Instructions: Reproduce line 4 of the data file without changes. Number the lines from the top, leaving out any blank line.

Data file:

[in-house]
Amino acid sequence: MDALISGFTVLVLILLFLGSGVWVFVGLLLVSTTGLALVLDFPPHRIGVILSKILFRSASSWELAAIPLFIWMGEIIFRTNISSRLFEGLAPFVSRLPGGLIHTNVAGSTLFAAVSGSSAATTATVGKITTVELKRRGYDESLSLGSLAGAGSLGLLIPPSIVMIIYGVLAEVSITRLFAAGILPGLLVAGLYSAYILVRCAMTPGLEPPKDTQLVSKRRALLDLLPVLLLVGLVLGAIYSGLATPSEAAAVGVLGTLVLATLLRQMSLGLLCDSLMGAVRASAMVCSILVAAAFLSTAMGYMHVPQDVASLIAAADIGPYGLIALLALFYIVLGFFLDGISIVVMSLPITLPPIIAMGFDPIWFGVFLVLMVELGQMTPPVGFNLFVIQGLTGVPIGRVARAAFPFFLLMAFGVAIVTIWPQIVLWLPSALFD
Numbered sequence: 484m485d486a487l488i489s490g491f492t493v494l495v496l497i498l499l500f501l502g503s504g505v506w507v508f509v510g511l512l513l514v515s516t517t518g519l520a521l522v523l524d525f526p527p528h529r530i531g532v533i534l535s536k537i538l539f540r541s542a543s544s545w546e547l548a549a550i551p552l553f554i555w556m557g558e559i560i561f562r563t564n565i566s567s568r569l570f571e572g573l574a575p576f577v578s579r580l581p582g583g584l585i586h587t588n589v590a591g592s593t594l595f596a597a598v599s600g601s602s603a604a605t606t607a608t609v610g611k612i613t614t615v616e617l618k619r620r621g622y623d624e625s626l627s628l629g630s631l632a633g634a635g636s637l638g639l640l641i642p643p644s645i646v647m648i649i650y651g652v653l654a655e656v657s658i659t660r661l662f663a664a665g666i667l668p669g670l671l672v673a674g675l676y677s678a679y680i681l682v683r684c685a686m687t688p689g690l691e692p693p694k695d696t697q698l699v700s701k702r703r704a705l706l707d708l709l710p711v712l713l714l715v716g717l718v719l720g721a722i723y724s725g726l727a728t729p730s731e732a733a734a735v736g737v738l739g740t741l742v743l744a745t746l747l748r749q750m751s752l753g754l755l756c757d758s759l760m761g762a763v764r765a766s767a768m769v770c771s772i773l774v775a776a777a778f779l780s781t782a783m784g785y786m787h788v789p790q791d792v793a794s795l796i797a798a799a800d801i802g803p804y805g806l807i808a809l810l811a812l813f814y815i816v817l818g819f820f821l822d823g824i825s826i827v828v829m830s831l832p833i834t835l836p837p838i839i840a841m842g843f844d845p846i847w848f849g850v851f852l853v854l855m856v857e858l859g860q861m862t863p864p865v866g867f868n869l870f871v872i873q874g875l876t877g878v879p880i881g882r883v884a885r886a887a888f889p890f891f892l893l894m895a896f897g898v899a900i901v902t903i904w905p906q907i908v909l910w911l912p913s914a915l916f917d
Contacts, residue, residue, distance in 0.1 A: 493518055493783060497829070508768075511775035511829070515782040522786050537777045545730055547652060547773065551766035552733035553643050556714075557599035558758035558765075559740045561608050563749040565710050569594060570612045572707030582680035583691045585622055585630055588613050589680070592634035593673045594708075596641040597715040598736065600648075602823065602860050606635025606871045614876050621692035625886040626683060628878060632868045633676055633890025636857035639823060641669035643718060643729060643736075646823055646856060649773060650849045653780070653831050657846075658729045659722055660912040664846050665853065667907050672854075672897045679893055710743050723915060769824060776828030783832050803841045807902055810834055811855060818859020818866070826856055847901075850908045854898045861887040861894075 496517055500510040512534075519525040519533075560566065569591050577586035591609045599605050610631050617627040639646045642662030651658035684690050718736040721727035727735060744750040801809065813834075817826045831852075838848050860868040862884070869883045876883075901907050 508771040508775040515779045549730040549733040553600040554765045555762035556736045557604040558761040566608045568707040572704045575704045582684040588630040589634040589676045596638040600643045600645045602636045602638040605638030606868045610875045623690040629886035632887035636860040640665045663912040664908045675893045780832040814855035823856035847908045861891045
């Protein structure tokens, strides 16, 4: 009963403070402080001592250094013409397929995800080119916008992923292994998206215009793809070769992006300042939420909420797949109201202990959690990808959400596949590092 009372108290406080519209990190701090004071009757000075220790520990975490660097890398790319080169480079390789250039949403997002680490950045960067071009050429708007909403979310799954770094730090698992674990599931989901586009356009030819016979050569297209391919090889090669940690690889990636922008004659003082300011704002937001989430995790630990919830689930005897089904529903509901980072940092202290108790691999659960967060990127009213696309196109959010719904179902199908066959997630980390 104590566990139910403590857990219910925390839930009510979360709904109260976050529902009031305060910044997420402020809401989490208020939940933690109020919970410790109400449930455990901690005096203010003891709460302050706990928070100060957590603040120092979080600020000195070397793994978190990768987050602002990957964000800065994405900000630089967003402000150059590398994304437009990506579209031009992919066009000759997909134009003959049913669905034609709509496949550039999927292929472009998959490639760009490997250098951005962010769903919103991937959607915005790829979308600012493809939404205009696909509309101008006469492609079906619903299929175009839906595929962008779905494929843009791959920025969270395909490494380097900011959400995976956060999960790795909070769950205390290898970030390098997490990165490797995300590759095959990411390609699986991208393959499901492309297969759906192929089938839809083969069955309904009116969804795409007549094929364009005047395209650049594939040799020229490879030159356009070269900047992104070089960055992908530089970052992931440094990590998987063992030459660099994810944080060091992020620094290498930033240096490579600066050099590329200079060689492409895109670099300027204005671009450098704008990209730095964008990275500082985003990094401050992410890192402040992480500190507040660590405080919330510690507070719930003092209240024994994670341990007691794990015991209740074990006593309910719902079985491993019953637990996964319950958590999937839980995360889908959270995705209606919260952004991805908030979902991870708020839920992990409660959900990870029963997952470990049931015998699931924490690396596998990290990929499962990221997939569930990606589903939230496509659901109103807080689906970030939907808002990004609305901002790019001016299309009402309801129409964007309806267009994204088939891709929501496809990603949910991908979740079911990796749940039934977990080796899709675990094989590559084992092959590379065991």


Contacts, residue, residue, distance in 0.1 A: 493518055493783060497829070508768075511775035511829070515782040522786050537777045545730055547652060547773065551766035552733035553643050556714075557599035558758035558765075559740045561608050563749040565710050569594060570612045572707030582680035583691045585622055585630055588613050589680070592634035593673045594708075596641040597715040598736065600648075602823065602860050606635025606871045614876050621692035625886040626683060628878060632868045633676055633890025636857035639823060641669035643718060643729060643736075646823055646856060649773060650849045653780070653831050657846075658729045659722055660912040664846050665853065667907050672854075672897045679893055710743050723915060769824060776828030783832050803841045807902055810834055811855060818859020818866070826856055847901075850908045854898045861887040861894075 496517055500510040512534075519525040519533075560566065569591050577586035591609045599605050610631050617627040639646045642662030651658035684690050718736040721727035727735060744750040801809065813834075817826045831852075838848050860868040862884070869883045876883075901907050 508771040508775040515779045549730040549733040553600040554765045555762035556736045557604040558761040566608045568707040572704045575704045582684040588630040589634040589676045596638040600643045600645045602636045602638040605638030606868045610875045623690040629886035632887035636860040640665045663912040664908045675893045780832040814855035823856035847908045861891045